Bratislava was the site of a meeting between representatives of current NATO countries and potential future members from April 28-30. The group discussed the issue of future NATO enlargement, focusing on whether candidate countries were still on track for Euro-Atlantic integration.
The three-day conference was deemed by the participants as significant for Slovakia because similar meetings had taken place in the capital cities of Poland, Hungary and the Czech Republic before those countries were admitted in March 1999.
Speakers at the conference included Hungarian Prime Minister Viktor Orbán, several foreign ministers (such as Czech Foreign Minister Ján Kavan, Slovenian Dimitrij Rupel and Slovak Eduard Kukan), country ambassadors to NATO, US Congress members, NGO representatives and various scholars.
"This is the first time that such important people from Europe and America have come to Slovakia to discuss issues of key importance for us [Slovakia], such as the future of Euro-Atlantic integration," said Martin Bútora, the Slovak ambassador to the US.
Since the latest NATO enlargement, pressure for further integration has mainly come from new members Czech Republic, Hungary and Poland. But during the conference all representatives, whether from overseas or Europe, voiced their support for Slovakia's entry intentions.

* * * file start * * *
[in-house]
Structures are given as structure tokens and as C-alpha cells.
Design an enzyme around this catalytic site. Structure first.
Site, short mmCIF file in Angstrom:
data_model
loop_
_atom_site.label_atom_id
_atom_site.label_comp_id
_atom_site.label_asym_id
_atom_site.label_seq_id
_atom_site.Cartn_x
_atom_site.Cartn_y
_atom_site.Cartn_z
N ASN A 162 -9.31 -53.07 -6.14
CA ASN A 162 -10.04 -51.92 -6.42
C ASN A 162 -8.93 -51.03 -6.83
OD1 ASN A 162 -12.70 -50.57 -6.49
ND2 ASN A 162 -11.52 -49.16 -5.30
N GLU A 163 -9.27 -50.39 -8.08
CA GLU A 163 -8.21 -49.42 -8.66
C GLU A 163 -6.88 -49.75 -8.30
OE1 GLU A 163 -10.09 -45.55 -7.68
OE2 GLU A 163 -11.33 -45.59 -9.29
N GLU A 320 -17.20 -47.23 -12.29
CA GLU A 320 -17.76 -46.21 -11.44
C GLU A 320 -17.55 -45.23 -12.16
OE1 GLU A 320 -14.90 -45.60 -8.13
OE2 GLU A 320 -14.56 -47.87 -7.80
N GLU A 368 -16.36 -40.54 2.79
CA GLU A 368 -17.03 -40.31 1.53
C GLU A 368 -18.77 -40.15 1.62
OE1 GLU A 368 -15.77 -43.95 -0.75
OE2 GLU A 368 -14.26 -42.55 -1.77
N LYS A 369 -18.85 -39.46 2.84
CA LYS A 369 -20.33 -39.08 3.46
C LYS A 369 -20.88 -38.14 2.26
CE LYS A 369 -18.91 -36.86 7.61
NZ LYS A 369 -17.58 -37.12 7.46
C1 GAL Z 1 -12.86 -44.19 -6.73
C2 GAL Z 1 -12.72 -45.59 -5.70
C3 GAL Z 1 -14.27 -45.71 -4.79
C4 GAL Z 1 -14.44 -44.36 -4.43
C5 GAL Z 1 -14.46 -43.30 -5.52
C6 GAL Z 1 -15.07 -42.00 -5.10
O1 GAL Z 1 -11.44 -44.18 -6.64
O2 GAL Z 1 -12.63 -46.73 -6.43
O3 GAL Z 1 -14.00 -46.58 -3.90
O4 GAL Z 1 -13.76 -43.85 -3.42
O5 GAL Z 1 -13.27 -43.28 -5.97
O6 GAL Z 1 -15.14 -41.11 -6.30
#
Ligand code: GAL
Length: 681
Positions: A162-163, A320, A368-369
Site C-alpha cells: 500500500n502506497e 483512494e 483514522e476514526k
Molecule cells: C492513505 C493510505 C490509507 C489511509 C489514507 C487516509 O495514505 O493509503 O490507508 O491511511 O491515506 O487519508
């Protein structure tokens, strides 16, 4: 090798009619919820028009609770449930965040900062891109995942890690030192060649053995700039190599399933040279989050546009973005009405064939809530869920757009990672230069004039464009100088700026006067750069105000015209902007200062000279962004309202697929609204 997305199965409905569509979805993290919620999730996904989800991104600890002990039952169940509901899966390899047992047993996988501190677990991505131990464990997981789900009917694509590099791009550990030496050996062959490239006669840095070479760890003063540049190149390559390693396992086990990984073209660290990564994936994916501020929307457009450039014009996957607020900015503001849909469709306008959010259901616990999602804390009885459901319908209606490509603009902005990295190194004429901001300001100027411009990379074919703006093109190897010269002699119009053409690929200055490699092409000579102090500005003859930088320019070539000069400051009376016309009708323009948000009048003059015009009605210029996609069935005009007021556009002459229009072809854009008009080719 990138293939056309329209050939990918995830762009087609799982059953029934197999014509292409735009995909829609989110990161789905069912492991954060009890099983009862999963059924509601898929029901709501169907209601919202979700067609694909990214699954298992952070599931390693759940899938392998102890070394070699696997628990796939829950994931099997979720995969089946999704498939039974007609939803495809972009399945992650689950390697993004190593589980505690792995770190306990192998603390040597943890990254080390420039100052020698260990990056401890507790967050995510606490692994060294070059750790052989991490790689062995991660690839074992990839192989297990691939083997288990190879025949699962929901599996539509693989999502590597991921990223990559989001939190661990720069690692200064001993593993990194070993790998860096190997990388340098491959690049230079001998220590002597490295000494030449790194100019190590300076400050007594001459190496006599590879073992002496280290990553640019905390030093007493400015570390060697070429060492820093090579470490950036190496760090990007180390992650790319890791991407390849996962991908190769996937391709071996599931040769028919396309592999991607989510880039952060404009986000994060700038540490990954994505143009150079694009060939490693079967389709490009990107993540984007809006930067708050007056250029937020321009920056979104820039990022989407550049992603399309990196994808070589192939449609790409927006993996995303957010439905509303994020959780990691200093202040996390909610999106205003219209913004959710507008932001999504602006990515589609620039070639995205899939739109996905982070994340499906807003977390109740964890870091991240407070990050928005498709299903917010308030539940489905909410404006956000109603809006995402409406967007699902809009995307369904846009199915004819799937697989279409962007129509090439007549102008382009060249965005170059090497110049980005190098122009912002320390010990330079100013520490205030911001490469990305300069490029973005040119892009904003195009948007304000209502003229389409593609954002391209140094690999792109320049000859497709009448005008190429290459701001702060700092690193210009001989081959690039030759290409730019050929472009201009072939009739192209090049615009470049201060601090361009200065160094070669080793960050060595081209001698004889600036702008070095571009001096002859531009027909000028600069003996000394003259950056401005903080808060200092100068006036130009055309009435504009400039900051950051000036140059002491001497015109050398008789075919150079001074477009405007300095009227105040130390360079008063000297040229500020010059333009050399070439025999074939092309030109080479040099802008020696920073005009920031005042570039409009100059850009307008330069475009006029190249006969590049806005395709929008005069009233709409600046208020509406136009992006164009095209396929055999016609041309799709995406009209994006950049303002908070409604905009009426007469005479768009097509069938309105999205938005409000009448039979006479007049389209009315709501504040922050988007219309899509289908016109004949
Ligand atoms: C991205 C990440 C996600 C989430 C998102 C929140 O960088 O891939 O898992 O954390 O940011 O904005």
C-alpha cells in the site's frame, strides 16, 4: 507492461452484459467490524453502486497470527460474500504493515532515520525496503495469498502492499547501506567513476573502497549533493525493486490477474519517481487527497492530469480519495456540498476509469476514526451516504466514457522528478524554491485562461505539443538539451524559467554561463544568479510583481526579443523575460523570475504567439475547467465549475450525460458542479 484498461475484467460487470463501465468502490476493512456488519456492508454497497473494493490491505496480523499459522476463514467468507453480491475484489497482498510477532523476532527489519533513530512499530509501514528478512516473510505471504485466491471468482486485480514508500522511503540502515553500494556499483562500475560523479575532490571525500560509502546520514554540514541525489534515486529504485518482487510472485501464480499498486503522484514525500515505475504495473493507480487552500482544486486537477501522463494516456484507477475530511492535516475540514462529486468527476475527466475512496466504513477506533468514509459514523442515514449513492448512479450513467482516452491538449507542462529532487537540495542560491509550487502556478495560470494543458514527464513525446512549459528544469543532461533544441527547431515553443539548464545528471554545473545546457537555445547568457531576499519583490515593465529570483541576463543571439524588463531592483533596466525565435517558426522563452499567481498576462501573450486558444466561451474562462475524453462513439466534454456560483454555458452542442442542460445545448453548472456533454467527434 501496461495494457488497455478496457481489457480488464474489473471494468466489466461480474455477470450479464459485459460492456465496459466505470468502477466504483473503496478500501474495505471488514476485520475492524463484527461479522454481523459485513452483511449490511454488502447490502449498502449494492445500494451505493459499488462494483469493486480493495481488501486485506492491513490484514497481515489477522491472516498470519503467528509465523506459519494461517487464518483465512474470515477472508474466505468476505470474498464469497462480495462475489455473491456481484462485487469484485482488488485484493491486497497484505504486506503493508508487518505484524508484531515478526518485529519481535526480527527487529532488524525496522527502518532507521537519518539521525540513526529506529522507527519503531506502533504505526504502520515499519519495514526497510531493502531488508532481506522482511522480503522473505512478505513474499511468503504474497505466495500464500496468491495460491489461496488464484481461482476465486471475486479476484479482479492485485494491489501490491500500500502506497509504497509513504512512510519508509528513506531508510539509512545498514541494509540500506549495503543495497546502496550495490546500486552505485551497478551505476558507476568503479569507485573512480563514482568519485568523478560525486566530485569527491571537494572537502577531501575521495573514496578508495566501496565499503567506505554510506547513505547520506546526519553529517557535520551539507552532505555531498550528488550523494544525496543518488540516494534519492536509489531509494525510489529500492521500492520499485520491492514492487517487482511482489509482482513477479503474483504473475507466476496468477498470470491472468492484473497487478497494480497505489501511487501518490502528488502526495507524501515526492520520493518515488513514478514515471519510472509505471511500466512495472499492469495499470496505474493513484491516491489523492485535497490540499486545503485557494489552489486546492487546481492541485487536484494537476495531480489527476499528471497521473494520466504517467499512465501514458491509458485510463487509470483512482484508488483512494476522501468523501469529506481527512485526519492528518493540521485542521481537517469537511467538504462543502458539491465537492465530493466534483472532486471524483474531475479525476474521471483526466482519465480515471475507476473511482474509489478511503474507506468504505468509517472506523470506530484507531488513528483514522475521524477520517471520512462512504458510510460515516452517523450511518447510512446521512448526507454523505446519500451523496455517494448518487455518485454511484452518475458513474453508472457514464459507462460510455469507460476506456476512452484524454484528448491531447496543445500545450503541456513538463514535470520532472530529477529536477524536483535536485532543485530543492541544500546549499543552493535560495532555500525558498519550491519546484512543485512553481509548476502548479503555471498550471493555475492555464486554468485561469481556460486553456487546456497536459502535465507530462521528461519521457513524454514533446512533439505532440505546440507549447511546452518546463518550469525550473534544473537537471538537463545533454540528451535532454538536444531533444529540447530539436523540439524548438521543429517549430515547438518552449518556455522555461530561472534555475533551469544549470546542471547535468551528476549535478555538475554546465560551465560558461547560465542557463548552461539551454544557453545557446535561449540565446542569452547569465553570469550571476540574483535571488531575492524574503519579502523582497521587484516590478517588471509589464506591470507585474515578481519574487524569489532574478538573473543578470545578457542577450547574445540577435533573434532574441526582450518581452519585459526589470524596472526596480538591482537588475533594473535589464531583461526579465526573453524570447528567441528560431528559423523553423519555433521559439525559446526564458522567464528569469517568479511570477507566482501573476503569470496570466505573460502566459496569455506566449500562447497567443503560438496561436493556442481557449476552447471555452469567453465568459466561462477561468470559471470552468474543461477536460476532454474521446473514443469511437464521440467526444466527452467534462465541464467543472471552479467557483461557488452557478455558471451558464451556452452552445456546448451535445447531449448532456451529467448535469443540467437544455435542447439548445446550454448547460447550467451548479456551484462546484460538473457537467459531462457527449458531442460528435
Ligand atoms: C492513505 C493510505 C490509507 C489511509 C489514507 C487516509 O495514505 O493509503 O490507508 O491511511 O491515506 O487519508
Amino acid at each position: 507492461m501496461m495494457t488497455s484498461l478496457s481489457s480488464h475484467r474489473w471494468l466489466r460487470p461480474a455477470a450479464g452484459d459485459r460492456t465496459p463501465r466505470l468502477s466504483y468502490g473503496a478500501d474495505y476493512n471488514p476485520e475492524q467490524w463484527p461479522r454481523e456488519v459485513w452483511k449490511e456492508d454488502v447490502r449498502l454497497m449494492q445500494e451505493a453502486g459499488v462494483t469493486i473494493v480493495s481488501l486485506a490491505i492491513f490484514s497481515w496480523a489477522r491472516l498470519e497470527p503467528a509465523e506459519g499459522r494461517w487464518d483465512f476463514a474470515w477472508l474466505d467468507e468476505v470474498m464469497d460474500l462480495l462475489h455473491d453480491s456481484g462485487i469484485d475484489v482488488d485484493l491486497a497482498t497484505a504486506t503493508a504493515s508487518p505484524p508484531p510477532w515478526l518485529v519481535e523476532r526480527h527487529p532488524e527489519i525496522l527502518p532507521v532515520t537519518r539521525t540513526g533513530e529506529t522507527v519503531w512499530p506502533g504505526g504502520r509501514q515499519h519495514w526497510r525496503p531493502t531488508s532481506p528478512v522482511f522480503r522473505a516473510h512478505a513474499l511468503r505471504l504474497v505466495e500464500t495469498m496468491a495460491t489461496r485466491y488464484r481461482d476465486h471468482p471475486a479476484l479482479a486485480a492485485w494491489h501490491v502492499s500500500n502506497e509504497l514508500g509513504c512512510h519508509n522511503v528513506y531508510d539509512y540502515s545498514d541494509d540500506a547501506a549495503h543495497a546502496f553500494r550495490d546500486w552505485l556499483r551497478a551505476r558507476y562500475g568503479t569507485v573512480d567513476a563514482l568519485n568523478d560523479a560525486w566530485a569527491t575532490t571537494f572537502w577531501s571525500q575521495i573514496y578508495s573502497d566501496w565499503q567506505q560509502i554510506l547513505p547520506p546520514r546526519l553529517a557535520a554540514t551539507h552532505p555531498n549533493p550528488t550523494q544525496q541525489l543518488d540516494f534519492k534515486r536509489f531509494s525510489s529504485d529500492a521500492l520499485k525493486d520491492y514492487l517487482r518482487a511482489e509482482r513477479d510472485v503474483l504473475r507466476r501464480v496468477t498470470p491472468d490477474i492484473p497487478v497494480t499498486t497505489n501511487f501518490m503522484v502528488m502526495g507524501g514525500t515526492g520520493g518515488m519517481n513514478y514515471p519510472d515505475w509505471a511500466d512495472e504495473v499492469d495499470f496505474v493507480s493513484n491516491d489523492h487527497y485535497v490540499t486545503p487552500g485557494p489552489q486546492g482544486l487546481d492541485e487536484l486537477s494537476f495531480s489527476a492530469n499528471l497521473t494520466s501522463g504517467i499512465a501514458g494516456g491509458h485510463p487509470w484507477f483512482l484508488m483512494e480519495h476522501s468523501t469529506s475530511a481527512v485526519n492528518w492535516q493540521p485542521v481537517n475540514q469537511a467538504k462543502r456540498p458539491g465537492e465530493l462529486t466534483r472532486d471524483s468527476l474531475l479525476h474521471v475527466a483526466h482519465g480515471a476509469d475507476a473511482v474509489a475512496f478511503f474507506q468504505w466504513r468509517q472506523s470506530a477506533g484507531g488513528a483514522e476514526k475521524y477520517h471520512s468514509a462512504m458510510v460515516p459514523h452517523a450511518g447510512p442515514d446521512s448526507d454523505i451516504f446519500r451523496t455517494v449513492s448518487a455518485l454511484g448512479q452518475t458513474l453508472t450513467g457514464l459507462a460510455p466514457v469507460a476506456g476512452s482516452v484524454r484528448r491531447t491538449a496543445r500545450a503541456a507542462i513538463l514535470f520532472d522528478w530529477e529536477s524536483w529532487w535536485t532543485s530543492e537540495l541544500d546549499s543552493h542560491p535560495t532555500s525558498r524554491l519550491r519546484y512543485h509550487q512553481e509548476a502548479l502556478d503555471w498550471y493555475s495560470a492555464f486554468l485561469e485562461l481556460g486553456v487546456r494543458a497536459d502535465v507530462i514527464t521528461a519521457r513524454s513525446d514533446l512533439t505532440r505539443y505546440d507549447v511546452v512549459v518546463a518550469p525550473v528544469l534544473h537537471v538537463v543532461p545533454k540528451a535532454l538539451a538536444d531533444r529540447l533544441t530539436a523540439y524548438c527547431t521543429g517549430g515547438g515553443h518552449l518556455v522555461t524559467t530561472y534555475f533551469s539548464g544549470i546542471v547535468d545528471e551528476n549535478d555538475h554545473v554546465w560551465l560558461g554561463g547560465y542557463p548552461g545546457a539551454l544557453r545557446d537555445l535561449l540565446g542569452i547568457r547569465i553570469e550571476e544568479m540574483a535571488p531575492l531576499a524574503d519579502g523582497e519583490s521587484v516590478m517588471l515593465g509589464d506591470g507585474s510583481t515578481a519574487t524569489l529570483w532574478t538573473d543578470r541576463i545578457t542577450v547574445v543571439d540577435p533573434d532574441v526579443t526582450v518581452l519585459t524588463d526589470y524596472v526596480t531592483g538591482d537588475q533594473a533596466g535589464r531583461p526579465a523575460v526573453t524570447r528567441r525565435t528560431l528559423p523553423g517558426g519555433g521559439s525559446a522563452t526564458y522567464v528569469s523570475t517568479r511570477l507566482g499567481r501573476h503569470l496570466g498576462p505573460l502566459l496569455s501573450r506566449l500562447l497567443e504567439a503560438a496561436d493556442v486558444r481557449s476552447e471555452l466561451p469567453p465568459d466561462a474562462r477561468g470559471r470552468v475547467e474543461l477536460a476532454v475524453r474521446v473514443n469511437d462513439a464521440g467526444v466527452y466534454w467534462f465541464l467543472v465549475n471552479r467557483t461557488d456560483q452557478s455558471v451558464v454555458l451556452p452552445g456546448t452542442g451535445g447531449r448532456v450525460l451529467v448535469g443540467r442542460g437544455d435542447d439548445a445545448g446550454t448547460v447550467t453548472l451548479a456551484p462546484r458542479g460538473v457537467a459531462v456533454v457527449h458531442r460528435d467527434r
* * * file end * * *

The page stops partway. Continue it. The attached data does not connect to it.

Grigorij Mesežnikov, president of the Institute for Public Affairs (IVO), a Bratislava think tank that co-organised the event, said the conference participants agreed that the Slovak Republic was the most realistic NATO candidate among countries currently lobbying for entry. "Delegates positively evaluated the will of the Slovak government to gain NATO membership. They also praised the increase of national support for entrance into the pact," Mesežnikov said.
Many delegates, Mesežnikov continued, were in Slovakia for the first time and said that they saw Slovakia as a country which is similar in democratic principles to the other Visegrad 4 countries.
Hesitations concerning future NATO enlargement, delegates said, stemmed from the fact that NATO "has not yet digested" the first wave of enlargement in March 1999.
"Concerning the issue of future NATO enlargement, European countries are more sceptical than the US. This has something to do with the political situation in these countries," Mesežnikov said, adding that the alliance has been evaluating the results of the last wave of NATO enlargement.
The conference was organised by the American NGO New Atlantic Initiative, which was founded by the Washington-based NGO American Enterprise Institute. A few months before the conference two Slovak NGOs - IVO and the Slovak Atlantic Commission - also became co-organisers of this event.
8. May 2000 at 0:00 | Peter Barecz